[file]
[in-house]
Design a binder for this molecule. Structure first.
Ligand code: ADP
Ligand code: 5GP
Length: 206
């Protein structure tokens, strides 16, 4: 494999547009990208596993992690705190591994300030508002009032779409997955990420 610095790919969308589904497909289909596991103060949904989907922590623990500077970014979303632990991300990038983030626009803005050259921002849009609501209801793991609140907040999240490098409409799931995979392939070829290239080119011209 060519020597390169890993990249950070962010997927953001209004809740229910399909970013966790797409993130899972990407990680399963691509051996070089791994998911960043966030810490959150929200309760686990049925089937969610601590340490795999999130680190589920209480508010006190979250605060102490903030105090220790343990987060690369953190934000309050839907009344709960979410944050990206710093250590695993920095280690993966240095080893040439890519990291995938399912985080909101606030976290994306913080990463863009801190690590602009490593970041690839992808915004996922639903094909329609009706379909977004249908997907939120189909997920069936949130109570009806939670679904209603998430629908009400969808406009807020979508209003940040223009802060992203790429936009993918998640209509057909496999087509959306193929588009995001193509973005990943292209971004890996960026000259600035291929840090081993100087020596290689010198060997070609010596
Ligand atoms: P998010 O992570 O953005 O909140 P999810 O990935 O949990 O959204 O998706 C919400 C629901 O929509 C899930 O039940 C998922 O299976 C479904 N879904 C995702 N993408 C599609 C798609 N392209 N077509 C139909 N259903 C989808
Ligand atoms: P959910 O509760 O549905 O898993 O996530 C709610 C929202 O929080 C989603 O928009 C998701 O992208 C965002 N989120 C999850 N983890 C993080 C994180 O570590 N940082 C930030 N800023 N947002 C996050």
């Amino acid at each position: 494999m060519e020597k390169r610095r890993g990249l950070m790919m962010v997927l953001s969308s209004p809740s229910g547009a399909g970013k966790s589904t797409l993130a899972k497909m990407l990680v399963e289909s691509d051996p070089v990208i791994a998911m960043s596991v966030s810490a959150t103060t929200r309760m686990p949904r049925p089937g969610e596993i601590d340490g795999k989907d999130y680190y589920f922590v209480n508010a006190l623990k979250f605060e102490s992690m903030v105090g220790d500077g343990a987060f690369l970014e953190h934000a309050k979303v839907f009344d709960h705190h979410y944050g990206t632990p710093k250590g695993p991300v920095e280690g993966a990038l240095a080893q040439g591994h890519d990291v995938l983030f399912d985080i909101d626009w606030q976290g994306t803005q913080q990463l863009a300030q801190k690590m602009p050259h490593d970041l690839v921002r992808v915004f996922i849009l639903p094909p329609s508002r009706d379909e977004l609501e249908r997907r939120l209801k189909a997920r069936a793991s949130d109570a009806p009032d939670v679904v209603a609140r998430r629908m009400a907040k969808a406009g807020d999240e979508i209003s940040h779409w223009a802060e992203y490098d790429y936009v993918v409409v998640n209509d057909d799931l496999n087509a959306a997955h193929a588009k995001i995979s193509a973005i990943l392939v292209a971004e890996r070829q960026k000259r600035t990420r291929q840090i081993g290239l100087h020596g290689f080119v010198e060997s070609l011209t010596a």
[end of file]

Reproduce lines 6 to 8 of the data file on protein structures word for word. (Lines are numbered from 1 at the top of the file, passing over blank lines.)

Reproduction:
């Protein structure tokens, strides 16, 4: 494999547009990208596993992690705190591994300030508002009032779409997955990420 610095790919969308589904497909289909596991103060949904989907922590623990500077970014979303632990991300990038983030626009803005050259921002849009609501209801793991609140907040999240490098409409799931995979392939070829290239080119011209 060519020597390169890993990249950070962010997927953001209004809740229910399909970013966790797409993130899972990407990680399963691509051996070089791994998911960043966030810490959150929200309760686990049925089937969610601590340490795999999130680190589920209480508010006190979250605060102490903030105090220790343990987060690369953190934000309050839907009344709960979410944050990206710093250590695993920095280690993966240095080893040439890519990291995938399912985080909101606030976290994306913080990463863009801190690590602009490593970041690839992808915004996922639903094909329609009706379909977004249908997907939120189909997920069936949130109570009806939670679904209603998430629908009400969808406009807020979508209003940040223009802060992203790429936009993918998640209509057909496999087509959306193929588009995001193509973005990943292209971004890996960026000259600035291929840090081993100087020596290689010198060997070609010596
Ligand atoms: P998010 O992570 O953005 O909140 P999810 O990935 O949990 O959204 O998706 C919400 C629901 O929509 C899930 O039940 C998922 O299976 C479904 N879904 C995702 N993408 C599609 C798609 N392209 N077509 C139909 N259903 C989808
Ligand atoms: P959910 O509760 O549905 O898993 O996530 C709610 C929202 O929080 C989603 O928009 C998701 O992208 C965002 N989120 C999850 N983890 C993080 C994180 O570590 N940082 C930030 N800023 N947002 C996050």